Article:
Valley Gardening: Low EIQ is good for gardens


Where in the heck has this summer gone? Before we turn around, it will be Labor Day and the hundreds of cars for the Early Iron show will be cruising through town—less than two weeks away!

I think I told you earlier that I had some white top get out of control this spring. It is now dead, and I am ready to start building my soil in preparation for NEXT year. I absolutely love doing soil preparation in the fall. The weather is so much cooler and I (we all) have lots of time before the ground freezes. 

One of the first things I have to do is rake up the dog poop—wouldn’t you think, with 10 acres around us, the dogs could do their job out in the field? But no…it’s so much closer in the flower bed. I’m going to show them, and fence in the area for a few months and see if they get the idea. Time will tell. 

Have been working in Mom’s Garden. It’s finally taking shape, to where I am proud of what this garden is going to be in our community. I can see what the plants are going to be—as they continue to grow and go to seed. I told you I was going to spray some Weed Impede on the “no man’s land” between the sidewalk and the highway. I did, and I have to say I am very pleased with the lack of weeds that have sprouted this past couple of weeks. There are still some, but they aren’t near as obnoxious as they used to be. I have not found out the EIQ number on the chemical in WI but I’m still looking.

To get rid of the bajillion ants in Mom’s Garden I sprayed a Vegetable & Garden Insect Spray with Cyfluthrin in it. Cyfluthrin is a cousin of Permethrin, which is a second-generation pyrethroid, if that makes sense. If you want to be more natural and do as little damage as possible to beneficial insects, you need to look for pyrethrums. They are fast acting but relatively short lived in the environment. Cyfluthrin has an EIQ number of 39.6—on a scale of 10-100 with 10 being the best. Not great, but not the worst.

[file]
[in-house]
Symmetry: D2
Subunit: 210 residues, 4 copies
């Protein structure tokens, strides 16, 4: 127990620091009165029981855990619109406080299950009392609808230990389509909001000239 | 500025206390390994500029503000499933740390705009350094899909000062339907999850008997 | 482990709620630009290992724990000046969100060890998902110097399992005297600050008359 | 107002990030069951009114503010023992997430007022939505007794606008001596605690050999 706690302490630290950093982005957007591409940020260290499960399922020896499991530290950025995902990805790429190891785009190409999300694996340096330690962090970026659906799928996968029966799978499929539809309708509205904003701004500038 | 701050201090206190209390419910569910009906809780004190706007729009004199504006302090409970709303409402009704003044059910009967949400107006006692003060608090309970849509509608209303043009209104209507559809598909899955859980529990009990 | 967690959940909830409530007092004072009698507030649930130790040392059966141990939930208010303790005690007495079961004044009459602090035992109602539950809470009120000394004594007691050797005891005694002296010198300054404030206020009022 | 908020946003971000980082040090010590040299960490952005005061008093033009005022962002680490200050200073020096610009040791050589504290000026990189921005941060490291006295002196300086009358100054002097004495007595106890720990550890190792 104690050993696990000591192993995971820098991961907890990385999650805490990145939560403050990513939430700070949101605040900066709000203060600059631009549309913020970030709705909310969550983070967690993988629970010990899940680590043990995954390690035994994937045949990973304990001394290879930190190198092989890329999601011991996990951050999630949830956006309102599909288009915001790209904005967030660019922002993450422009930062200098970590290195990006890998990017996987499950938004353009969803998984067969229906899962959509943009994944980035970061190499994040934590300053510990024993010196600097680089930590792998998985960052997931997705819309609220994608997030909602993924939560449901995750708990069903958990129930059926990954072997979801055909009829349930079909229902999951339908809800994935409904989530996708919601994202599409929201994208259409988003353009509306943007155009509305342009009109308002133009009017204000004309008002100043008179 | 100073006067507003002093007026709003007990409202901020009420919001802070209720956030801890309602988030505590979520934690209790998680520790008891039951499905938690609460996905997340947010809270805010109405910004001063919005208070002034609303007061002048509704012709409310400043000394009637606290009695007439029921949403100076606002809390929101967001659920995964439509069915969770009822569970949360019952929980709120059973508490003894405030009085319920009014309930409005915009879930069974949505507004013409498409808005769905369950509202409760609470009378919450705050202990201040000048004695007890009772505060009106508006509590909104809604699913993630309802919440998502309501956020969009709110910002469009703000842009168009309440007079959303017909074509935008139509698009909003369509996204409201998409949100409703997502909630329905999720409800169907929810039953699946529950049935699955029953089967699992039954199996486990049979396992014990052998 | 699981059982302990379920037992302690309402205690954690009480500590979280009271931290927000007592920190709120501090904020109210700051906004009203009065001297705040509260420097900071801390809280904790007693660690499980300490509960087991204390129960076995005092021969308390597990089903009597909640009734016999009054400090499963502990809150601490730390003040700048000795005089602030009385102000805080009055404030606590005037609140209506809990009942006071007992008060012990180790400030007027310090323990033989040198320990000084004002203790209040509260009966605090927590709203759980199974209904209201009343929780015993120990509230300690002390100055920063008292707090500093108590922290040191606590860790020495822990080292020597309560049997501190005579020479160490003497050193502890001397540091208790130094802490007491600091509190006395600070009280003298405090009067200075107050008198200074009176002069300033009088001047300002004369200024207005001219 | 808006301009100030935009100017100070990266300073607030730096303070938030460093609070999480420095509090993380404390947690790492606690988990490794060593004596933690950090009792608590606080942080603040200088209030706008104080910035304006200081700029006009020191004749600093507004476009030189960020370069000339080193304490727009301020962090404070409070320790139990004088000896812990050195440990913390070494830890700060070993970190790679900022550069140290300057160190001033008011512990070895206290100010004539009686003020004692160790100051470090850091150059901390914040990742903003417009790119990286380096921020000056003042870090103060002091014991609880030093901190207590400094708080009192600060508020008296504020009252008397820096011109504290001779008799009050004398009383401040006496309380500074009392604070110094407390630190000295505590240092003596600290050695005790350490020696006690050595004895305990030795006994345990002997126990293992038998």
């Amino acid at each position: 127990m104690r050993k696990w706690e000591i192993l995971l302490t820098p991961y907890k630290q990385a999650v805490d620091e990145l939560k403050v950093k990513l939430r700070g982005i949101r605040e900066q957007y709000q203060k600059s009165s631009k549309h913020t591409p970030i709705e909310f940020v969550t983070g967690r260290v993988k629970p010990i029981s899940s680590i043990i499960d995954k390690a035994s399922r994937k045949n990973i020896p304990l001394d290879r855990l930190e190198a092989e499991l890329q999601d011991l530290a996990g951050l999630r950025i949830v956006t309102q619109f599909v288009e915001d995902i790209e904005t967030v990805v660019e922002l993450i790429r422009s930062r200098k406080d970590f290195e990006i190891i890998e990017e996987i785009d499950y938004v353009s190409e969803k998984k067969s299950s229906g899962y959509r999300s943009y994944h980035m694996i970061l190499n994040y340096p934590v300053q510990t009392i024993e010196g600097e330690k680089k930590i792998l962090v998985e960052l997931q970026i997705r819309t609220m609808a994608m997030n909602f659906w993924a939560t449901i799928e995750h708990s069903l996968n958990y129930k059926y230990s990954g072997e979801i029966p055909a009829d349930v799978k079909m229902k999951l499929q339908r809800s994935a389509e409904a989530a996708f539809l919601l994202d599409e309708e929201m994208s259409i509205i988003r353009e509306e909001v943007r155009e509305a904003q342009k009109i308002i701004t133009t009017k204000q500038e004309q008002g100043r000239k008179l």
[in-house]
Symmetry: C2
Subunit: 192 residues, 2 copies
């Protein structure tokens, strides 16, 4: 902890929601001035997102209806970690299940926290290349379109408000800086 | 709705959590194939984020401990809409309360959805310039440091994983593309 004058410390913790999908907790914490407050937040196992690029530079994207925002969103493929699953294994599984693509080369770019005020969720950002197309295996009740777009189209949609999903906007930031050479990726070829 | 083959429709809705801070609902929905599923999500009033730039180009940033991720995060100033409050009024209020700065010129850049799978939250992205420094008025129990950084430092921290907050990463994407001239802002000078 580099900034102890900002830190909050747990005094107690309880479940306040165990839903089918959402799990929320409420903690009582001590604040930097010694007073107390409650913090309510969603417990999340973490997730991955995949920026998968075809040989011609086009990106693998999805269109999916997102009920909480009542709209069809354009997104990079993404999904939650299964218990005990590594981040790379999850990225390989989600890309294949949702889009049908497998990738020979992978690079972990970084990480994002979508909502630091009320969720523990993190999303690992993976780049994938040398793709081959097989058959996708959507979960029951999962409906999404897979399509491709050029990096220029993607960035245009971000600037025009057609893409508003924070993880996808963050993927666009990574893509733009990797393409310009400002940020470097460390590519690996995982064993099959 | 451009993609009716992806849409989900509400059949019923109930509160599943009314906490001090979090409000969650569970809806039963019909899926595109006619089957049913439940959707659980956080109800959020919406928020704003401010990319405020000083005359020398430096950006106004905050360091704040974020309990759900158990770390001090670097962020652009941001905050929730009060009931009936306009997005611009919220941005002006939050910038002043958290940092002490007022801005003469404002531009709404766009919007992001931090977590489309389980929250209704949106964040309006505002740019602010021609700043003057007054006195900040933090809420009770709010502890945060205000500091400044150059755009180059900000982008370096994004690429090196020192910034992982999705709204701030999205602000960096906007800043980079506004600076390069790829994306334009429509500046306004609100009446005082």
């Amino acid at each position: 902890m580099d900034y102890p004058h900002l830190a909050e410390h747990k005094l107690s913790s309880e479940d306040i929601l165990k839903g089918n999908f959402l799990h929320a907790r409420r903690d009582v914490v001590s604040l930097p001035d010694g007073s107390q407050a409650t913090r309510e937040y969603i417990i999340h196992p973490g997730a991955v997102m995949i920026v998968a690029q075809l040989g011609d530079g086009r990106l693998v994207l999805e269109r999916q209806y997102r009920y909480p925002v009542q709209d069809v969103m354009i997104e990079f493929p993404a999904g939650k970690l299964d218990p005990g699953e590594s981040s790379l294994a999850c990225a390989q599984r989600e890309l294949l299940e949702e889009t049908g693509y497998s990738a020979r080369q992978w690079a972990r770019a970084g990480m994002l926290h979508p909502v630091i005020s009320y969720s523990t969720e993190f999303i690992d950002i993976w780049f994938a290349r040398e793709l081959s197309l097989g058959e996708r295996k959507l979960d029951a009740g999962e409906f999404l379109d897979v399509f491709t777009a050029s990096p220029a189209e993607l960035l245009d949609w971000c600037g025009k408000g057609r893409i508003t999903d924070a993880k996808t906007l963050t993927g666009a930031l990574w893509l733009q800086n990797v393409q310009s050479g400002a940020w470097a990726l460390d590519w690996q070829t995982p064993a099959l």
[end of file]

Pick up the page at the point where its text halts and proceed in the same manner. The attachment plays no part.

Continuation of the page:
EIQ stands for “environmental impact quotients.” Gets a little complicated—so come by the store and you can take a look at my book—pretty easy reading, even for me. The numbers are derived from three parts: risk to the farm worker, risk to the consumer of sprayed product, and risk to the environment.

So many folks in the Valley have some kind of sunroom, greenhouse, or a grow dome, if really lucky. If I am not wrong, the ideal growing temperature is around 85, give or take 5 degrees. Much hotter than that and plants shut down. Or so I thought.

I had a customer come in this week and tell me he lets his greenhouse get to 125—on purpose! He showed me pictures of his plants (cannabis) and they were very, very healthy, with no sign of stress, none at all. The secret is Silica. This is the first year I have ever used Silica in my compost tea and I really think it helped my plants get through the hot July we had. You can always teach an old dog new tricks, they say.

Peyton Sanchez had his checkup at Children’s Hospital this week. The brainstem tumor is stable so the chemo will continue. We have had a couple of sessions at the Hooper Pool—the first one wasn’t that much fun, because we overdid it. Peyton had a much better session when we took our time and didn’t push it. Proud that I can help this family, very proud!

If rumor has any basis in truth, Peyton will be singing “Take me Home, Country Roads” with the help of hONEyhoUSe at Society Hall on the 25th. I can hardly wait!

My dad, Howard “Red” Iveland, died an early death, traced back to his months as a POW in Germany.  Not taking your boots off (for six months) and marching, marching, marching left many of the American prisoners with circulation problems, causing aneurisms, etc. I wish he was still here. I want to ask him what he thinks of the Confederate statues being destroyed. I want to ask him if the ruins of the concentration camps should be bulldozed over. Would that make it any less horrible? I don’t think so. It seems to me there are better ways than destroying the sculptures. Learn from the past, plaques about the history of the sculptures, not honoring, but remembering, and vowing to never let it happen again.  It could be that easy!

More In Opinion